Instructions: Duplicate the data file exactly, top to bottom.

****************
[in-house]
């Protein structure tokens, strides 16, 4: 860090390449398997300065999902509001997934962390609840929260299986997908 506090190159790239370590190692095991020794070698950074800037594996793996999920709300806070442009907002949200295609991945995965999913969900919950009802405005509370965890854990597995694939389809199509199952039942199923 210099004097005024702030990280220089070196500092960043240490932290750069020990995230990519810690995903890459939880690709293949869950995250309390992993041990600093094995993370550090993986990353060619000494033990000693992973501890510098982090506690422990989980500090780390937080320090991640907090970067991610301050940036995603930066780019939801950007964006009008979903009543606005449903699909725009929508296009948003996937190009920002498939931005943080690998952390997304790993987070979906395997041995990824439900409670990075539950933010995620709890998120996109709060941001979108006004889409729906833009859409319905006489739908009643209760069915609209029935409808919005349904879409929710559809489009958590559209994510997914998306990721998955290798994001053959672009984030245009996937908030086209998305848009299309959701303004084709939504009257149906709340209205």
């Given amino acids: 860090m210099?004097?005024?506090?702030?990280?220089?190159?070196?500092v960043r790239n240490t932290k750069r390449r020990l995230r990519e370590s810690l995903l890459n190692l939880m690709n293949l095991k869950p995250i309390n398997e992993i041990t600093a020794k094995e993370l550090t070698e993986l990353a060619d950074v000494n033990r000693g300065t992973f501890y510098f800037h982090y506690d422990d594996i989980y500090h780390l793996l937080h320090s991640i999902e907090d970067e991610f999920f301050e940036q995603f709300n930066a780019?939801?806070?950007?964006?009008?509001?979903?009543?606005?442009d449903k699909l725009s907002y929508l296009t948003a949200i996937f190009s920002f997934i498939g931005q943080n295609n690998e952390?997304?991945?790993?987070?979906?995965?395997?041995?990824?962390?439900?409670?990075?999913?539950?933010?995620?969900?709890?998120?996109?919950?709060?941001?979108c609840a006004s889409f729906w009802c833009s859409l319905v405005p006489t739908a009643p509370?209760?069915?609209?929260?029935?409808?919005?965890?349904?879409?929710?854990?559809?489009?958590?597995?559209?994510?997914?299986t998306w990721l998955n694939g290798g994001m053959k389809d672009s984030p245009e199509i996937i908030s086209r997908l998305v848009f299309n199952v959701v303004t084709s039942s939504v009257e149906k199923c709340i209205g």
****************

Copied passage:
[in-house]
């Protein structure tokens, strides 16, 4: 860090390449398997300065999902509001997934962390609840929260299986997908 506090190159790239370590190692095991020794070698950074800037594996793996999920709300806070442009907002949200295609991945995965999913969900919950009802405005509370965890854990597995694939389809199509199952039942199923 210099004097005024702030990280220089070196500092960043240490932290750069020990995230990519810690995903890459939880690709293949869950995250309390992993041990600093094995993370550090993986990353060619000494033990000693992973501890510098982090506690422990989980500090780390937080320090991640907090970067991610301050940036995603930066780019939801950007964006009008979903009543606005449903699909725009929508296009948003996937190009920002498939931005943080690998952390997304790993987070979906395997041995990824439900409670990075539950933010995620709890998120996109709060941001979108006004889409729906833009859409319905006489739908009643209760069915609209029935409808919005349904879409929710559809489009958590559209994510997914998306990721998955290798994001053959672009984030245009996937908030086209998305848009299309959701303004084709939504009257149906709340209205």
């Given amino acids: 860090m210099?004097?005024?506090?702030?990280?220089?190159?070196?500092v960043r790239n240490t932290k750069r390449r020990l995230r990519e370590s810690l995903l890459n190692l939880m690709n293949l095991k869950p995250i309390n398997e992993i041990t600093a020794k094995e993370l550090t070698e993986l990353a060619d950074v000494n033990r000693g300065t992973f501890y510098f800037h982090y506690d422990d594996i989980y500090h780390l793996l937080h320090s991640i999902e907090d970067e991610f999920f301050e940036q995603f709300n930066a780019?939801?806070?950007?964006?009008?509001?979903?009543?606005?442009d449903k699909l725009s907002y929508l296009t948003a949200i996937f190009s920002f997934i498939g931005q943080n295609n690998e952390?997304?991945?790993?987070?979906?995965?395997?041995?990824?962390?439900?409670?990075?999913?539950?933010?995620?969900?709890?998120?996109?919950?709060?941001?979108c609840a006004s889409f729906w009802c833009s859409l319905v405005p006489t739908a009643p509370?209760?069915?609209?929260?029935?409808?919005?965890?349904?879409?929710?854990?559809?489009?958590?597995?559209?994510?997914?299986t998306w990721l998955n694939g290798g994001m053959k389809d672009s984030p245009e199509i996937i908030s086209r997908l998305v848009f299309n199952v959701v303004t084709s039942s939504v009257e149906k199923c709340i209205g």